Go urban with us!
To build a climate-friendly future, we need fresh and innovative ideas. Challenge accepted! For the first time in the history of the Solar Decathlon competitions, the Solar Decathlon Europe 21/22 (SDE21/22) will strike an entirely new path and will put the spotlight on sustainable building and living in urban areas. The decathlon which takes place in Wuppertal is all about renovating and extending existing building stock as this offers the greatest potential with respect to urban energy transition.
Taking existing buildings as their starting point, 18 university teams from eleven countries will develop their innovative ideas for sustainable, energy-efficient and socially responsible architecture. As part of the SDE 21/22, they will put these into practice and will design, build and operate sustainable houses that will bring to life important issues such as protecting the climate and transitioning towards renewable energies.
New: three urban situations
Sustainable and integrated architectural solutions adapted to the particular local situation will need to be developed. The teams of the SDE 21/22 chose one of three urban situations, all of which reflectreal-life urban building stock challenges.
Wuppertal was not only the venue of the SDE 21/22 but also a source of inspiration for the ideas generated during the competition. Each one of the three urban situations represents a particular urban development challenge found in Wuppertal’s Mirke district. The architectural challenges are complemented by social and economic aspects.
Alternatively, teams were allowed to choose a comparable urban situation from their country. Eleven out of the eighteen teams opted for this second option, while seven teams chose Mirke district.
1 ● renovation & extension
Renovation is an important step towards the transitions of cities. Specifically, buildings constructed after the Second World War are no longer suitable. They were often built with inexpensive building materials, insufficient insulation and inflexible floor planning. The transformation of these buildings makes them attractive, integrating them into the urban energy transition.
2 ● closing gaps
Within the city, undeveloped areas surrounded by two or more buildings are designated as vacantlots. Closing these gaps is a favourable possibility to increase urban density. In parallel, innovative architectural and energy supply solutions for these gaps can repair the cityscape and inspire an entire neighbourhood including its energy supply.
3 ● renovation & addition of storey
The addition of one or more extra storeys to an existing building, including the renovation of anentire building, is a great opportunity for the creation of alternative living spaces, thus sustainably increasing urban density. The diversity of use revives the urban space. Roof top extensions create a platform for intensive solar energy utilization.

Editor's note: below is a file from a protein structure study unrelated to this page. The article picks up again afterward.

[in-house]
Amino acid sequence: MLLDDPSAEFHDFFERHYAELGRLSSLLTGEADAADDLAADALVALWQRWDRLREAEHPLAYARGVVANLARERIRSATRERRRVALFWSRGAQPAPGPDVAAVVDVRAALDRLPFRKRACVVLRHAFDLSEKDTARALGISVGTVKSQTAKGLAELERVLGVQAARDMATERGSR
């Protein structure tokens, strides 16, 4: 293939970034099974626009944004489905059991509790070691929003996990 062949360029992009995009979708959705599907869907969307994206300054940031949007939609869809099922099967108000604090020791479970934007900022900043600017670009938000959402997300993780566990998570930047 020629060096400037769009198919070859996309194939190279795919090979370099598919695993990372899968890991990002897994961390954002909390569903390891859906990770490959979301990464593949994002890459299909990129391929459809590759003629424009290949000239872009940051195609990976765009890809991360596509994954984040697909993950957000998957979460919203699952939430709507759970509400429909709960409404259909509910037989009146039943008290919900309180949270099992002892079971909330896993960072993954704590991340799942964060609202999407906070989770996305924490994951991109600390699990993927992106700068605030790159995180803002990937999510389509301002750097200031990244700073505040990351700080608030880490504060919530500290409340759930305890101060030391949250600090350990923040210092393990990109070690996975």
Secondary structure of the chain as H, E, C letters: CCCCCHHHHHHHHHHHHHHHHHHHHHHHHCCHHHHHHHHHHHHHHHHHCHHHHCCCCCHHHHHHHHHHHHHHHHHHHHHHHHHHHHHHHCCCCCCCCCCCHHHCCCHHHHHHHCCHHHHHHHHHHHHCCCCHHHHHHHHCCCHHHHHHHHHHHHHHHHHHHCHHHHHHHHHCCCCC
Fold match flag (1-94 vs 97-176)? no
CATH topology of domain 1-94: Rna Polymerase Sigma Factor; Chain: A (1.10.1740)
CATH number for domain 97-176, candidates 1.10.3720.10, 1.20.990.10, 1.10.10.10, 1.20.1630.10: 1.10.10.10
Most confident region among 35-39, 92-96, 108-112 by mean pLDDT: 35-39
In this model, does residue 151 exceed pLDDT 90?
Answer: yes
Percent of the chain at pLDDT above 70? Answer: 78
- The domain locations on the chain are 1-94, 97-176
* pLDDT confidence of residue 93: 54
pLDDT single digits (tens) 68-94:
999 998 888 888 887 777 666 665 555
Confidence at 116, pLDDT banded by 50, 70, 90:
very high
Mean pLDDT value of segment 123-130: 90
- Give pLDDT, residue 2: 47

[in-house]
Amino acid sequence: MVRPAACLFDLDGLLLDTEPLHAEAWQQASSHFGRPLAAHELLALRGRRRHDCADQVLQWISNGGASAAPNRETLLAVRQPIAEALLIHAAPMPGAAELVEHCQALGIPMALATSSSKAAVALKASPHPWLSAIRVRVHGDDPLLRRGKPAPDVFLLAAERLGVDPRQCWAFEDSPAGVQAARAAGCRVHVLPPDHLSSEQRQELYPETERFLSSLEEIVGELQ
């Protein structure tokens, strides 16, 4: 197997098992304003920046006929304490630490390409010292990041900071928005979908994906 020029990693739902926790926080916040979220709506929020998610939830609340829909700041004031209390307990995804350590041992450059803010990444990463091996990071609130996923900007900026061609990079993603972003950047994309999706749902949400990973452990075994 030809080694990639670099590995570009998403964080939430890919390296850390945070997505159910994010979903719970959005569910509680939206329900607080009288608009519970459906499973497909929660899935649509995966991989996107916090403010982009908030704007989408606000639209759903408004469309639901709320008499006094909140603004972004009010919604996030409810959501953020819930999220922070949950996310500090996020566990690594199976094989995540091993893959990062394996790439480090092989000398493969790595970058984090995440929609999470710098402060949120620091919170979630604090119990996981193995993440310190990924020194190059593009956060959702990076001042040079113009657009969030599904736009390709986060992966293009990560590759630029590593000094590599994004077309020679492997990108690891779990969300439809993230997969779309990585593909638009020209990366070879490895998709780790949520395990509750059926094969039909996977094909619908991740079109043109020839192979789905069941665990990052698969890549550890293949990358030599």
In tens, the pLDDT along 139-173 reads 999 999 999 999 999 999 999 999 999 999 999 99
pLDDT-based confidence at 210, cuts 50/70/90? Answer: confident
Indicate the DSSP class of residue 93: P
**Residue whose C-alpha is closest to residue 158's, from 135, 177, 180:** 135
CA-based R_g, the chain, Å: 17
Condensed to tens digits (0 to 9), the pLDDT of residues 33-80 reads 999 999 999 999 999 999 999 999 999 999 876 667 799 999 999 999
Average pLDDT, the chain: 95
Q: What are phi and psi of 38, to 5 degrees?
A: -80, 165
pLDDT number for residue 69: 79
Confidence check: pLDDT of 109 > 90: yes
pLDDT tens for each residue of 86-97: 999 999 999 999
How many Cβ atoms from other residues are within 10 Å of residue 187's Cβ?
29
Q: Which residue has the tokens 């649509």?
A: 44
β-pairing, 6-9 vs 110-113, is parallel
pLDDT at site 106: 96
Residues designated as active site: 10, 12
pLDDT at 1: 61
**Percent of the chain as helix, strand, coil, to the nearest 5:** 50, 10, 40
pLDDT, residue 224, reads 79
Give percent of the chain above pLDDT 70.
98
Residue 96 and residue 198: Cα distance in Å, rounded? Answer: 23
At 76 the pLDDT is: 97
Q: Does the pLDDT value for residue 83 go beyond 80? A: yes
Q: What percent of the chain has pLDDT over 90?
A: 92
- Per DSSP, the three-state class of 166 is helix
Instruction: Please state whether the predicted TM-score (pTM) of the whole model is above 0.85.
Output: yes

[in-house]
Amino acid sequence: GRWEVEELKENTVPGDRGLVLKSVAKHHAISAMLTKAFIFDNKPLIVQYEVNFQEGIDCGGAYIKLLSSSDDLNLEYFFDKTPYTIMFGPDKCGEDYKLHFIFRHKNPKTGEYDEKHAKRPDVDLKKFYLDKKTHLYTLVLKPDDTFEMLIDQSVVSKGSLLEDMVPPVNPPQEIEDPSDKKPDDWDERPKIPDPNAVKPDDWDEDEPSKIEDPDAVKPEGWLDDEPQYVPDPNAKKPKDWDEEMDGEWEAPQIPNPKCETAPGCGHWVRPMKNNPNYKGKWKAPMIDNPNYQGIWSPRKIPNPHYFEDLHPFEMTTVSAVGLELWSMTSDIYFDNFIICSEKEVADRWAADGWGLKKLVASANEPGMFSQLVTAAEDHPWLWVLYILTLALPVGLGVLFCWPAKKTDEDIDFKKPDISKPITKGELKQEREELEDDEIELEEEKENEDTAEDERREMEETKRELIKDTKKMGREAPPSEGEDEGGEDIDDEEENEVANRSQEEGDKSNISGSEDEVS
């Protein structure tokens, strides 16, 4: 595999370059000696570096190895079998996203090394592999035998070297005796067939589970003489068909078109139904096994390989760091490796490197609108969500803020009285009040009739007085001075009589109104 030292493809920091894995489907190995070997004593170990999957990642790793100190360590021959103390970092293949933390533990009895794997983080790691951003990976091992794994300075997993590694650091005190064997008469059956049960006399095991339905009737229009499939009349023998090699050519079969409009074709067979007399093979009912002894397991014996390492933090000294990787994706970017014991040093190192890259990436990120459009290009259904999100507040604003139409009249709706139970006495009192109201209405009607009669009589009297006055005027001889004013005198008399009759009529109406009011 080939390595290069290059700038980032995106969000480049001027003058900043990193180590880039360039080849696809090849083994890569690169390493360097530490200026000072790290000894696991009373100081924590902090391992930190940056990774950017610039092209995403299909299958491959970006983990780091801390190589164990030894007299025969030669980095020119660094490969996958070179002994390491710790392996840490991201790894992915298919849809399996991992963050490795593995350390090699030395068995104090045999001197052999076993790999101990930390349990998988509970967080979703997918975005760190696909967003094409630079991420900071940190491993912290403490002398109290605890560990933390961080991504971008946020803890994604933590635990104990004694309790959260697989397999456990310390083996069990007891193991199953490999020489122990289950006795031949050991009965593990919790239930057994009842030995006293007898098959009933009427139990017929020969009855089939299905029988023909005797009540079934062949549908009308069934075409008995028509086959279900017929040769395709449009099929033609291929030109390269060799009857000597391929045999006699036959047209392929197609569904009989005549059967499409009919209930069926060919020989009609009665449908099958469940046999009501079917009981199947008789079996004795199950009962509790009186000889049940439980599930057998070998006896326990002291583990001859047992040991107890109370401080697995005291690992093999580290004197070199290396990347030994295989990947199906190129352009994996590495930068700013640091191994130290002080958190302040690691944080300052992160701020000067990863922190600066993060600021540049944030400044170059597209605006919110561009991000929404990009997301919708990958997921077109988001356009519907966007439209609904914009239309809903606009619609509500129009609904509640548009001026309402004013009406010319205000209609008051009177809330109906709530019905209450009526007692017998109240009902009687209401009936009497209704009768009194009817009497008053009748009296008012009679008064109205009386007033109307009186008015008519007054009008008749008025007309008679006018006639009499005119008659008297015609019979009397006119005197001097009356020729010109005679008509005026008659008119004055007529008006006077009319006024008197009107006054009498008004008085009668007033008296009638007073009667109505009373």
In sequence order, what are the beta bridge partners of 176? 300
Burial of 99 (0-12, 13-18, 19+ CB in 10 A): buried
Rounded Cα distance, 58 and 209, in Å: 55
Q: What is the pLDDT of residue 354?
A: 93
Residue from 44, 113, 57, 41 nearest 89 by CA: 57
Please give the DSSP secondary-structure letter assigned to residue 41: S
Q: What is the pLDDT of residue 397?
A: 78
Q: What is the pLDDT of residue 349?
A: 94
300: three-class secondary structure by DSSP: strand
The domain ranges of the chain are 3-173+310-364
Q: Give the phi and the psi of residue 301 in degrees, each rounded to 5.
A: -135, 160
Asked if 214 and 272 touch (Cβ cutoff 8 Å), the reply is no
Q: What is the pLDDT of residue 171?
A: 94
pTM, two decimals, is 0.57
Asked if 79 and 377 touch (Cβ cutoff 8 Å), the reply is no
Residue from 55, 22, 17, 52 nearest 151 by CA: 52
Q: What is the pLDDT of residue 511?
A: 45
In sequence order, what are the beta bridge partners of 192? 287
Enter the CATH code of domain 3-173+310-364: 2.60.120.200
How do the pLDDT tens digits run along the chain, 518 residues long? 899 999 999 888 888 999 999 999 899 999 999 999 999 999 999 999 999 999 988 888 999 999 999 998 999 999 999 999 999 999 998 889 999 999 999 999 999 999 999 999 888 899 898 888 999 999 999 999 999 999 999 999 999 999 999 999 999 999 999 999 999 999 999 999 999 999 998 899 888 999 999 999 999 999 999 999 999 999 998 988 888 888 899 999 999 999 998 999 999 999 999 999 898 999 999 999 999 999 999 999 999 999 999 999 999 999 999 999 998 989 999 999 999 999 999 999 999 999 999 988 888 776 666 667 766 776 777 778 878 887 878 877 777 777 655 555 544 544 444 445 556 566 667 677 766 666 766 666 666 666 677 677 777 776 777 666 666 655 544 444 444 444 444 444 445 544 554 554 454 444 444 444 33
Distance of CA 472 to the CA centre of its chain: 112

From the idea to fully operational buildings
‘Design – build – operate’ – this is the unique principle of the Solar Decathlon. Unlike other architecture competitions, teams do not only design their houses, they also need to build and operate them. Remaining faithful to this successful principle, the SDE 21/22 will consist of two parts:
In the Design Challenge, teams create a design and energy concept for a complete building including its urban context, putting principles of climate-neutrality into practice.
In the Building Challenge, teams select one representative housing unit from their overall building. They build and operate this one- or two-storey residential unit on the Solar Campus in Wuppertal’s Mirke district.
Both challenges are assessed according to ten different contests. In total, there are four different ways for the teams to earn points: jury evaluation, task completion, tests and monitored performance.The team achieving the highest combined score is the winner of the SDE 21/22.
Sustainability affects us all! We as planners are directly involved in finding solutions to climate change, waste of resources, species extinction and soil sealing. CO2 emissions from building amount to around 40 percent. So the opportunities to stop climate change and break new ground are enormous. The innovative ideas of the SDE 21/22 show that our living spaces can be incubators for a better world.